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Origins of the Kabbalah (Princeton Paperbacks) ePub download

by Allan Arkush,Gershom Gerhard Scholem

  • Author: Allan Arkush,Gershom Gerhard Scholem
  • ISBN: 0691020477
  • ISBN13: 978-0691020471
  • ePub: 1711 kb | FB2: 1656 kb
  • Language: English
  • Category: World
  • Publisher: Princeton University Press; Reprint edition (January 1, 1991)
  • Pages: 504
  • Rating: 4.8/5
  • Votes: 774
  • Format: mbr azw mobi lrf
Origins of the Kabbalah (Princeton Paperbacks) ePub download

Gershom Scholem's Origins of the Kabbalah provides a painstakingly detailed history of Kabbalah's rise .

Gershom Scholem's Origins of the Kabbalah provides a painstakingly detailed history of Kabbalah's rise among medieval French and Spanish Jews, describes the first publication of Jewish mystical texts, and investigates the growth of their influence on Jewish religious life. One of the most important scholars of the twentieth century, Gershom G. Scholem (1897-1982) opened up a once esoteric world of Jewish mysticism, the Kabbalah, to concerned students of religion. The basic thesis of this book is that the Kabbalah originated in one chronologically limited time-span (13th century) and in one geographically limited area (Provençe, France and Gerona, Spain).

Gershom Gerhard Scholem, Allan Arkush, R. J. Z. Werblowsky. One of the most important scholars of our century, Gershom Scholem (1897-1982) opened up a once esoteric world of Jewish mysticism, the Kabbalah, to concerned students of religion. The Kabbalah is a rich tradition of repeated attempts to achieve and portray direct experiences of God: its twelfth-and thirteenth-century beginnings in southern France and Spain are probed in Origins of the Kabbalah, a work crucial in Scholem's oeuvre.

This is a brand new book at a great price. Author Gershom Gerhard Scholem. Publication Year 1991. Publisher Princeton University Press.

Origins of the Kabbalah (ebook). Published January 1st 1991 by Princeton University Press. Allan Arkush (Translation). ISBN: 1400820421 (ISBN13: 9781400820429).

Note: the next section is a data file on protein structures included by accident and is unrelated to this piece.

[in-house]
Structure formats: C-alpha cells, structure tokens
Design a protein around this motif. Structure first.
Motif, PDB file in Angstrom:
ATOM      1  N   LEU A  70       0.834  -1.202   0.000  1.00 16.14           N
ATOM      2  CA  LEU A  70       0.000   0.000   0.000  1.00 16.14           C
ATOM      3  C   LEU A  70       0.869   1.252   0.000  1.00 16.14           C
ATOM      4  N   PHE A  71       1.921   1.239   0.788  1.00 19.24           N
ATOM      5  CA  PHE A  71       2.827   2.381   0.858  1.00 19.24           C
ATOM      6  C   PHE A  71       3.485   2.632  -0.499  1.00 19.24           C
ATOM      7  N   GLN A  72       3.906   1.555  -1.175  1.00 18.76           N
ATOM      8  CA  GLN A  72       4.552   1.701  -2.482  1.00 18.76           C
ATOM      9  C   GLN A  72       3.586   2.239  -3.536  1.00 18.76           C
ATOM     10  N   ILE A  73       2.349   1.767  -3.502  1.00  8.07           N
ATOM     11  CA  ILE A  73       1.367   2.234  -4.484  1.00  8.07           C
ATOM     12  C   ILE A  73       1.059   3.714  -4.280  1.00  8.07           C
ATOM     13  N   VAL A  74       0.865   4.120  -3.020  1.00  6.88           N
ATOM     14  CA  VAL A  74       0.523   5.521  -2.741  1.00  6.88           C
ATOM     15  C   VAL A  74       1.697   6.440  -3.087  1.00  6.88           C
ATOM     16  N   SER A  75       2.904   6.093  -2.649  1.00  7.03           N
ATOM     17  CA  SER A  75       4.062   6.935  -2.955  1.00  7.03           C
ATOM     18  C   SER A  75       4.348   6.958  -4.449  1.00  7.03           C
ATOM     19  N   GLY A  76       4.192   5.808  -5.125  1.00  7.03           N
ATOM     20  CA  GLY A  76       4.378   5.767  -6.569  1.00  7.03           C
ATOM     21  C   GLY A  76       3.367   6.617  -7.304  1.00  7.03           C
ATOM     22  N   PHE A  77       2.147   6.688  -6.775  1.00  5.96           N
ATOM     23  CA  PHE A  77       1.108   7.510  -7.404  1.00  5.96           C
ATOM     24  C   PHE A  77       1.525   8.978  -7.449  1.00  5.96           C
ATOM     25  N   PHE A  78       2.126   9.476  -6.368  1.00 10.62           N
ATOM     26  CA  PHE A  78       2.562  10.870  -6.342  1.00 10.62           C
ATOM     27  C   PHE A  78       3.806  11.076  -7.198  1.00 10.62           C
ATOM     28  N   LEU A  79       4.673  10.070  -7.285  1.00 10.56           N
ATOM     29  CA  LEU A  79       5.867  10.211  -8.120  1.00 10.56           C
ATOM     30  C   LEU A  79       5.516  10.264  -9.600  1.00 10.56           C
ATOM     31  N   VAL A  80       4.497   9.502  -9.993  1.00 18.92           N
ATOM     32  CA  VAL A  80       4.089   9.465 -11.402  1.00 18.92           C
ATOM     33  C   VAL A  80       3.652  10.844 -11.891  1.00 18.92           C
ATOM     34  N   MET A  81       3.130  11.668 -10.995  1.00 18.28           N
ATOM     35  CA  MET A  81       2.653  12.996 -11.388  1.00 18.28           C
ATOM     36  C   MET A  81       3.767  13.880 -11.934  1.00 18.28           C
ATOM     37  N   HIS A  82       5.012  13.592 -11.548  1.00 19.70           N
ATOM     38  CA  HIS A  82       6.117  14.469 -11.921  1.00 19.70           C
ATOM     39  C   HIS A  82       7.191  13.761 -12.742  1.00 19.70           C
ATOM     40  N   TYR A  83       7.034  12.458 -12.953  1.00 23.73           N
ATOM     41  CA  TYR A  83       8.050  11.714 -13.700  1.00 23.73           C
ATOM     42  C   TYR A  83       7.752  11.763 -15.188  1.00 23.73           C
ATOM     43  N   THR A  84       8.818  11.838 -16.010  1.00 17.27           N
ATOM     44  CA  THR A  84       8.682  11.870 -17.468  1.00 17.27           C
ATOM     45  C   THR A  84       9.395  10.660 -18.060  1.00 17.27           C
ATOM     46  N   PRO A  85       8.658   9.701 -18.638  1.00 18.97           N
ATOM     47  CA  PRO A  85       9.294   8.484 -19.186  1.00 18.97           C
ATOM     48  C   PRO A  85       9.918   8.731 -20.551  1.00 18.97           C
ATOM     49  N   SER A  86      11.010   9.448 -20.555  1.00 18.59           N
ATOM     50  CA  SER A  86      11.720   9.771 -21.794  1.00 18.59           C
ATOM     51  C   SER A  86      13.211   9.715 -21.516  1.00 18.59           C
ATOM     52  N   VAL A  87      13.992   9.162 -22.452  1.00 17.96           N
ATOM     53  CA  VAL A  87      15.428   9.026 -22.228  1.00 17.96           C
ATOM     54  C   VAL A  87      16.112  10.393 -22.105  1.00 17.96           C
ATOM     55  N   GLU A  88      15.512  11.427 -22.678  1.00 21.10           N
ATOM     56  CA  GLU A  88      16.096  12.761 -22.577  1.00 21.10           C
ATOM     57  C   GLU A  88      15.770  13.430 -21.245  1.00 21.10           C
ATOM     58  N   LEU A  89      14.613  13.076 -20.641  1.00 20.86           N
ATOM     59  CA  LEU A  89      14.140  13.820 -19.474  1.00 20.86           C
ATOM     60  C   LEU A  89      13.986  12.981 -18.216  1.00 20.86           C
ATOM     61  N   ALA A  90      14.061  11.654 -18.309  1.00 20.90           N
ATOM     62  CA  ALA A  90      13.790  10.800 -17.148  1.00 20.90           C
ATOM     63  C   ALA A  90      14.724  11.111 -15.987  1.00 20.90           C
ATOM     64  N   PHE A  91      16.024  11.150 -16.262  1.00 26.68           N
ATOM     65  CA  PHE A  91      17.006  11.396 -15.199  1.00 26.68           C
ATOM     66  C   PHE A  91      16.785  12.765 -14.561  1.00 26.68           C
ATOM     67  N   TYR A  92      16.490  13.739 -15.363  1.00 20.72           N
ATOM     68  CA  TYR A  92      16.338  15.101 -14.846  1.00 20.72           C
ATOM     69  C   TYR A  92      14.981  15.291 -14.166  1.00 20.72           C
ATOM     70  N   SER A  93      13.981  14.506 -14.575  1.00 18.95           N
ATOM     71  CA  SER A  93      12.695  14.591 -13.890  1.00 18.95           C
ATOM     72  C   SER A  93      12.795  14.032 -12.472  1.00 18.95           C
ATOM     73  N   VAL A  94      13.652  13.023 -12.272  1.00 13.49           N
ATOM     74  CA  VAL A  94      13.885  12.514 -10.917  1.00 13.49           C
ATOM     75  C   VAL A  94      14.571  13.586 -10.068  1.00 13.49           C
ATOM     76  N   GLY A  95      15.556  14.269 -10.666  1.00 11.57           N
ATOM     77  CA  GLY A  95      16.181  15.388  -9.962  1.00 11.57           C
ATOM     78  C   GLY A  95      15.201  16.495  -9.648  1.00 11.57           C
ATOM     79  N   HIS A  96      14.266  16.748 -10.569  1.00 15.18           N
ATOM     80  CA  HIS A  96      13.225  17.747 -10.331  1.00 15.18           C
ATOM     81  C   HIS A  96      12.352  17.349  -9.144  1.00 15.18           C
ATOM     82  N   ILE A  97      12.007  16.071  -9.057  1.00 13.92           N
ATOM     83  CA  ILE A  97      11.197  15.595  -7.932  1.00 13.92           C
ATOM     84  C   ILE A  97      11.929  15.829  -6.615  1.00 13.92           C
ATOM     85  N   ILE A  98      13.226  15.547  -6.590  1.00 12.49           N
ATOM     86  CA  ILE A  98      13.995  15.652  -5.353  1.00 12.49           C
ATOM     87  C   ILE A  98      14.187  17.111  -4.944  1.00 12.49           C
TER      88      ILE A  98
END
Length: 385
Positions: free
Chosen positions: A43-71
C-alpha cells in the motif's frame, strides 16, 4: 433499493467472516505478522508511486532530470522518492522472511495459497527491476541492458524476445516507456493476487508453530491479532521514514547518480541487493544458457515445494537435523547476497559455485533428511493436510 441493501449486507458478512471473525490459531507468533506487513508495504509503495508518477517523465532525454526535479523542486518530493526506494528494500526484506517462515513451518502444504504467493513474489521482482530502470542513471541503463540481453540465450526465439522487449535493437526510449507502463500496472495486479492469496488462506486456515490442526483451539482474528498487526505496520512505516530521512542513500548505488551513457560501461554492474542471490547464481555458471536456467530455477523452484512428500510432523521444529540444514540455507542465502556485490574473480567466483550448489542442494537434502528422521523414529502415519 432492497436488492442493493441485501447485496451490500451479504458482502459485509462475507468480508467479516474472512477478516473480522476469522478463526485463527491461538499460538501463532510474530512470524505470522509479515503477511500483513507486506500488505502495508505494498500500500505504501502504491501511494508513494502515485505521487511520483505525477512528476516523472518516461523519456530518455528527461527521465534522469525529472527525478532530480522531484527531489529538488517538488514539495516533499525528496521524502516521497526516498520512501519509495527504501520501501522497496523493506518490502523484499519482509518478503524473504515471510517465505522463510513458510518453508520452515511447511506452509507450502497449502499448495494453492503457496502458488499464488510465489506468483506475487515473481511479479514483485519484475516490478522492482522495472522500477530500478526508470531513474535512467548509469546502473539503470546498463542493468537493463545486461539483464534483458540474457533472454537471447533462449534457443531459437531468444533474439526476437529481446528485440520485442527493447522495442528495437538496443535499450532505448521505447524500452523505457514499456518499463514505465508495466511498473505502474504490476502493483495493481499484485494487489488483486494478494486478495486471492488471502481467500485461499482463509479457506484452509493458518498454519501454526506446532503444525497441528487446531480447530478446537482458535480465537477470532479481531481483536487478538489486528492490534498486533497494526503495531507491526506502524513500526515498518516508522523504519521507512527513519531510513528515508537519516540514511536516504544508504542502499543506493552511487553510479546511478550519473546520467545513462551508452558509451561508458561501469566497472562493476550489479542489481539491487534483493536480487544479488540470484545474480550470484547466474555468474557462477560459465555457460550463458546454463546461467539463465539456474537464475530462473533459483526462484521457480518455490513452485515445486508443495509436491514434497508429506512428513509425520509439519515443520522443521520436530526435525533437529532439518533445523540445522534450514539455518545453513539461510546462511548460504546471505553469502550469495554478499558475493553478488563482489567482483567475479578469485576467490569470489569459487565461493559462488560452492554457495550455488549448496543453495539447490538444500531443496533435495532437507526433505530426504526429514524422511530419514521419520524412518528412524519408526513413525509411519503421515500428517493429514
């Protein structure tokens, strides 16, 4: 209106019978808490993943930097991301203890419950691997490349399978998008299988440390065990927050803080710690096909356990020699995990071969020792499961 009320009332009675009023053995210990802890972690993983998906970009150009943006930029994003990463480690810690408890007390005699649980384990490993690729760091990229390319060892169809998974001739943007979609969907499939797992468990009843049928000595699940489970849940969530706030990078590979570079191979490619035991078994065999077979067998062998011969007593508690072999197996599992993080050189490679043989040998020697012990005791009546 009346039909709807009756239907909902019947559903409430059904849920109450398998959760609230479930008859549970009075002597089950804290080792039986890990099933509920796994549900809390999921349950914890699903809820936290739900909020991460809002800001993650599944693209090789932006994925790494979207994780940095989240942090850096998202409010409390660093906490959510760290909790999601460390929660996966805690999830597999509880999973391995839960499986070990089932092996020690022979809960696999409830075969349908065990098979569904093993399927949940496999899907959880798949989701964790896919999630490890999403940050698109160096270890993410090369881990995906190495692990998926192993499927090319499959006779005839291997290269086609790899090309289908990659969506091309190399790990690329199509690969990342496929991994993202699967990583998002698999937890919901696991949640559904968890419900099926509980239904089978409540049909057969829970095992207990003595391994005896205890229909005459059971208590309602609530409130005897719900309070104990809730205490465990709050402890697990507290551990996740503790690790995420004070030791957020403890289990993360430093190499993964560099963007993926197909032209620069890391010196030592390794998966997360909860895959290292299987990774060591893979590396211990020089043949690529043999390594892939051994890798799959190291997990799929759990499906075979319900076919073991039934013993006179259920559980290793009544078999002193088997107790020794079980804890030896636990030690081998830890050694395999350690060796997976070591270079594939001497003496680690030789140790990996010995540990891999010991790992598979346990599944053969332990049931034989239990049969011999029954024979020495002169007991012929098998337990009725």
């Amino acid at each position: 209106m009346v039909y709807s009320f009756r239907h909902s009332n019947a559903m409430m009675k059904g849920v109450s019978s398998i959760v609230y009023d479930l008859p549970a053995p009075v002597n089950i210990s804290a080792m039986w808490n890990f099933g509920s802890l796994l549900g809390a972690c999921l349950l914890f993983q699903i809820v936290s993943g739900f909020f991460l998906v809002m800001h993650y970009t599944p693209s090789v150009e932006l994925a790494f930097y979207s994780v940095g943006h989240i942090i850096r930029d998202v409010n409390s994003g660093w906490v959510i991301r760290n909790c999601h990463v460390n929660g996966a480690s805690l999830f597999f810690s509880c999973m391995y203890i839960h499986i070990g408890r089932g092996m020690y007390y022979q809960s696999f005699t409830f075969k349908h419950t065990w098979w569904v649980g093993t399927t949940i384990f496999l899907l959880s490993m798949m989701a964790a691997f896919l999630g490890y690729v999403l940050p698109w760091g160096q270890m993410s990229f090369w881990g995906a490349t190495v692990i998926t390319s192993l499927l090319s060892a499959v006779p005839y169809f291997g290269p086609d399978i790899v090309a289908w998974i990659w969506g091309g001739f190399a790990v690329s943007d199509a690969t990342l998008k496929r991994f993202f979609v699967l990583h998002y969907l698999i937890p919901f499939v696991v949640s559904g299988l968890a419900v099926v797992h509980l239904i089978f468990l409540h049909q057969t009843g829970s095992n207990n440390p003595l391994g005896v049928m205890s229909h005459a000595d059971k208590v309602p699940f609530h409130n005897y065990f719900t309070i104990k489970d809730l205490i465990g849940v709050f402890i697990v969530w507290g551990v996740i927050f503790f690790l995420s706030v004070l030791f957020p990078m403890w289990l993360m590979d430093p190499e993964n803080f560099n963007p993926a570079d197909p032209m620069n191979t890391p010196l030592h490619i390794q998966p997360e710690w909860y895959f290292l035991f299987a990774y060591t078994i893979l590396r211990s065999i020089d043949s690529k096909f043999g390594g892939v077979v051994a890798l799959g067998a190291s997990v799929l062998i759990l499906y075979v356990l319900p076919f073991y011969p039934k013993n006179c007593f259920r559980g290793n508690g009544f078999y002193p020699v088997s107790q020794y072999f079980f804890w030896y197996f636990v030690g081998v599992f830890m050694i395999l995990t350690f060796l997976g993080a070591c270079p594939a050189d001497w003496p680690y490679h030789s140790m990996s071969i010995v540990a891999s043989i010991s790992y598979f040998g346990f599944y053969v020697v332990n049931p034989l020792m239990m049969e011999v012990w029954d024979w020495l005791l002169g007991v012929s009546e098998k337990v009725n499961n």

Origins of the Kabbalah: Not Assigned Gershom Gerhard Scholem,David Biale,Allan Arkush Недоступно для .

Gershom Scholem's contribution to the understanding of Jewish mysticism is so dramatic that it warrants a separate introduction. Scholem moved from Germany to become the librarian of the new University and National Library in Jerusalem in 1923 and served as a professor at Hebrew University from 1935 to 1965. Before him, Jewish historians during the nineteenth and early twentieth centuries scorned the ignored mystical dimension of Judaism as a relic of premodern superstition and ignorance.

The Kabbalah is a rich tradition of repeated attempts to achieve and portray direct experiences of God: its twelfth- and thirteenth-century beginnings in southern France and Spain are probed in Origins of the Kabbalah, a work crucial in Scholem's oeuvre

The Kabbalah is a rich tradition of repeated attempts to achieve and portray direct experiences of God: its twelfth- and thirteenth-century beginnings in southern France and Spain are probed in Origins of the Kabbalah, a work crucial in Scholem's oeuvre. The book is a contribution not only to the history of Jewish medieval mysticism but also to the study of medieval mysticism in general and will be of interest to historians and psychologists, as well as to students of the history of religion. Скачать (pdf, . 1 Mb) Читать. Epub FB2 mobi txt RTF.

Origins of the Kabbalah КНИГИ ; ГУМАНИТАРНЫЕ НАУКИ Автор: Gershom ScholemНазвание: Origins of. .

Origins of the Kabbalah book. Published January 21st 1991 by Princeton University Press (first published 1987). Origins of the Kabbalah. 0691020477 (ISBN13: 9780691020471).

Home Browse Books Book details, Origins of the Kabbalah. By Gershom Scholem, R. Zwi Werblowsky, Allan Arkush

Home Browse Books Book details, Origins of the Kabbalah. Zwi Werblowsky, Allan Arkush. It is idle to question which of a great scholar's great works is his greatest. in the case of Gershom Scholem, also the opera minora, articles, and essays were great.

by Gershom Gerhard Scholem

by Gershom Gerhard Scholem. With the publication of The Origins of the Kabbalah in 1950, one of the most important scholars of our century brought the obscure world of Jewish mysticism to a wider audience for the first time